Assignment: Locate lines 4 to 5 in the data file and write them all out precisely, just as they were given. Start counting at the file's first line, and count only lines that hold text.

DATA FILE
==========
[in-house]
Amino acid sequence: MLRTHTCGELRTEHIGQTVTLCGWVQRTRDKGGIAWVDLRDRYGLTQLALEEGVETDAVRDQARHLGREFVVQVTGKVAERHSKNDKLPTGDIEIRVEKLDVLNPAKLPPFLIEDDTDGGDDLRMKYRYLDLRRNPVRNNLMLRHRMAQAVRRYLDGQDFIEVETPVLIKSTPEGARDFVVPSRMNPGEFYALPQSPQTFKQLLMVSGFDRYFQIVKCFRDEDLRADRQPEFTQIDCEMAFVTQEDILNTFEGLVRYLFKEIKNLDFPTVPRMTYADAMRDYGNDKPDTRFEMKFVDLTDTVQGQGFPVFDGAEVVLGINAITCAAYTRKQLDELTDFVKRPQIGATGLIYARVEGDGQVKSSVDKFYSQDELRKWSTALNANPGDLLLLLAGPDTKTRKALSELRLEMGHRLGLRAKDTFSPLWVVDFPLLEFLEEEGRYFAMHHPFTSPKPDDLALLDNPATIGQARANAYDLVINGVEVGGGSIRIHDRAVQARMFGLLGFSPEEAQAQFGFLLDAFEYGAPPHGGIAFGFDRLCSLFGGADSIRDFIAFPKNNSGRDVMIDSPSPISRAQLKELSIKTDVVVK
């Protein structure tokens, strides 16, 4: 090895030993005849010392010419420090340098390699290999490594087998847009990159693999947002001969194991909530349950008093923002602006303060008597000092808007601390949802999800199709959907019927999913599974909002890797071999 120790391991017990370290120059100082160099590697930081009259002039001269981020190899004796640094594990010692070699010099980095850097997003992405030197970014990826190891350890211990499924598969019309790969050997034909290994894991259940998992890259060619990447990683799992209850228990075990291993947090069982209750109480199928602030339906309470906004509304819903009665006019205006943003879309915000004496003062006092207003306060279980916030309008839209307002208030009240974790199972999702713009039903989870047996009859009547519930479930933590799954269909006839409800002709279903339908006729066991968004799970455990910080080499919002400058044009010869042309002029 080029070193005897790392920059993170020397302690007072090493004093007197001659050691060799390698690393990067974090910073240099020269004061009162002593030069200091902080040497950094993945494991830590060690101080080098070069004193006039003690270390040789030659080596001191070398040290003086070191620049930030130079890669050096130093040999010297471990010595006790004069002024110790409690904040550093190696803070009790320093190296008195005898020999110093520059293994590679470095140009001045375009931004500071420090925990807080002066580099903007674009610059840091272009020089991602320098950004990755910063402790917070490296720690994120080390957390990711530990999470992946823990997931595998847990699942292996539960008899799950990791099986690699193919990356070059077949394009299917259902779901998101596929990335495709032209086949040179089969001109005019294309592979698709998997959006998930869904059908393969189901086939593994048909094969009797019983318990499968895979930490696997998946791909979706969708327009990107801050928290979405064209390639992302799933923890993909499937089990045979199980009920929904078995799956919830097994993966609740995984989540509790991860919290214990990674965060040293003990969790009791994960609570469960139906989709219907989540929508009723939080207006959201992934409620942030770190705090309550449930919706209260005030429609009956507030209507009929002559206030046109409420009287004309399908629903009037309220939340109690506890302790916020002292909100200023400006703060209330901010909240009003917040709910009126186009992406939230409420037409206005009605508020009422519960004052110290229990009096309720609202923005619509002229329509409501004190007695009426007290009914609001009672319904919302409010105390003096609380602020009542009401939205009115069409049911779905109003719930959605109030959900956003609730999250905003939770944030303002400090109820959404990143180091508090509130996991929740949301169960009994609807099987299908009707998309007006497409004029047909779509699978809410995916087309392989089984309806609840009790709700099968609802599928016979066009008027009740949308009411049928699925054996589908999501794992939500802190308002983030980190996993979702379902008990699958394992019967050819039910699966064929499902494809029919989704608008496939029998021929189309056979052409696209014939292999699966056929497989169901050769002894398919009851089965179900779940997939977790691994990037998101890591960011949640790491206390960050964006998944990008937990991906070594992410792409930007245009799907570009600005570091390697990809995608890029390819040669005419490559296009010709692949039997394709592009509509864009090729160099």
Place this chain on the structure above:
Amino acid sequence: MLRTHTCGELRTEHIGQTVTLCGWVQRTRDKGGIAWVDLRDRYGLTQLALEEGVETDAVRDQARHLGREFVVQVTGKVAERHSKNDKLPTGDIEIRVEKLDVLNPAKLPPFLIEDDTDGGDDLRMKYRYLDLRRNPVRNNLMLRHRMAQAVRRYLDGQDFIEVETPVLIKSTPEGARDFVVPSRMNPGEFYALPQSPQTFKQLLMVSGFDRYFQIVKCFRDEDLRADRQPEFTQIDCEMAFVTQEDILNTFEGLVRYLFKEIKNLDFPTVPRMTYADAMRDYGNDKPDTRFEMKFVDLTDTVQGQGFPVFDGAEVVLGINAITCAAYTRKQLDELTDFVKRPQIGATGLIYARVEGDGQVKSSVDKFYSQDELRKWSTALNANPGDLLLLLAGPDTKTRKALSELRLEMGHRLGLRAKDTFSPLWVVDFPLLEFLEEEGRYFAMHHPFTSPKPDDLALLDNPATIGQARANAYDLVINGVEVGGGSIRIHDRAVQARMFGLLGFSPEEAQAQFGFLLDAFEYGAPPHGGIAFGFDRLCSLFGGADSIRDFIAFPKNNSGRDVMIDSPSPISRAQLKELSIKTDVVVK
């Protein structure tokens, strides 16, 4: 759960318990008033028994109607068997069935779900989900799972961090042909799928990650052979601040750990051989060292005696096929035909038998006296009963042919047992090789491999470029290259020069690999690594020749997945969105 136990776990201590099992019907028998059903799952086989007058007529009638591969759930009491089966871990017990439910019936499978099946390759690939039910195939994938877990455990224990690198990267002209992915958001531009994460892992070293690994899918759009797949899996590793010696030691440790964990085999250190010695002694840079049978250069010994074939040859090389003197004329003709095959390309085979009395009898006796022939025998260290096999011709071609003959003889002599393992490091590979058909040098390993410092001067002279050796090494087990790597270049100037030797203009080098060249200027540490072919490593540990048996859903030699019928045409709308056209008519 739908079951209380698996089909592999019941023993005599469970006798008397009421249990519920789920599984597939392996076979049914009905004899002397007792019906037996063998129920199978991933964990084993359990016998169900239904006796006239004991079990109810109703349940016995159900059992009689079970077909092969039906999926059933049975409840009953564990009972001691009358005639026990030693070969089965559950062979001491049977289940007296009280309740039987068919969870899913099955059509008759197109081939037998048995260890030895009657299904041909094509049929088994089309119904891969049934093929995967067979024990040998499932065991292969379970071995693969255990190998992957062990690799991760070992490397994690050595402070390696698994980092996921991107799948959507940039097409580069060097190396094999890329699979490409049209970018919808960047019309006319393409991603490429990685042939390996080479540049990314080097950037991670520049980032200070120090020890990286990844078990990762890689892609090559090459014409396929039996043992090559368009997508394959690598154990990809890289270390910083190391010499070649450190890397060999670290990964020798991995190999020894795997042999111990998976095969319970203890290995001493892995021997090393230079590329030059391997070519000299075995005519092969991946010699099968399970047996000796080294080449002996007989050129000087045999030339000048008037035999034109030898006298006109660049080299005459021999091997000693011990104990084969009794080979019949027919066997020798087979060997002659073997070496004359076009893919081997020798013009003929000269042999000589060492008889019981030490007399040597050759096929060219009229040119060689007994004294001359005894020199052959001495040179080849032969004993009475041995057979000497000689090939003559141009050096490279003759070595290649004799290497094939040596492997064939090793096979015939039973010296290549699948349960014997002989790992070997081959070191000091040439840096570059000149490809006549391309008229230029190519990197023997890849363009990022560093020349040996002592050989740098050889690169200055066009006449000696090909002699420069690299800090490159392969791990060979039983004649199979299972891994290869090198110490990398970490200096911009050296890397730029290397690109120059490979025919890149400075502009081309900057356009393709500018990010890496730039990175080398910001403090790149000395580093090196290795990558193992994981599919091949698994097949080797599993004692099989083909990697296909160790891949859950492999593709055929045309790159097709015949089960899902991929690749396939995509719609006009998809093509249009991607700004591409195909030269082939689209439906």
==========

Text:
Place this chain on the structure above:
Amino acid sequence: MLRTHTCGELRTEHIGQTVTLCGWVQRTRDKGGIAWVDLRDRYGLTQLALEEGVETDAVRDQARHLGREFVVQVTGKVAERHSKNDKLPTGDIEIRVEKLDVLNPAKLPPFLIEDDTDGGDDLRMKYRYLDLRRNPVRNNLMLRHRMAQAVRRYLDGQDFIEVETPVLIKSTPEGARDFVVPSRMNPGEFYALPQSPQTFKQLLMVSGFDRYFQIVKCFRDEDLRADRQPEFTQIDCEMAFVTQEDILNTFEGLVRYLFKEIKNLDFPTVPRMTYADAMRDYGNDKPDTRFEMKFVDLTDTVQGQGFPVFDGAEVVLGINAITCAAYTRKQLDELTDFVKRPQIGATGLIYARVEGDGQVKSSVDKFYSQDELRKWSTALNANPGDLLLLLAGPDTKTRKALSELRLEMGHRLGLRAKDTFSPLWVVDFPLLEFLEEEGRYFAMHHPFTSPKPDDLALLDNPATIGQARANAYDLVINGVEVGGGSIRIHDRAVQARMFGLLGFSPEEAQAQFGFLLDAFEYGAPPHGGIAFGFDRLCSLFGGADSIRDFIAFPKNNSGRDVMIDSPSPISRAQLKELSIKTDVVVK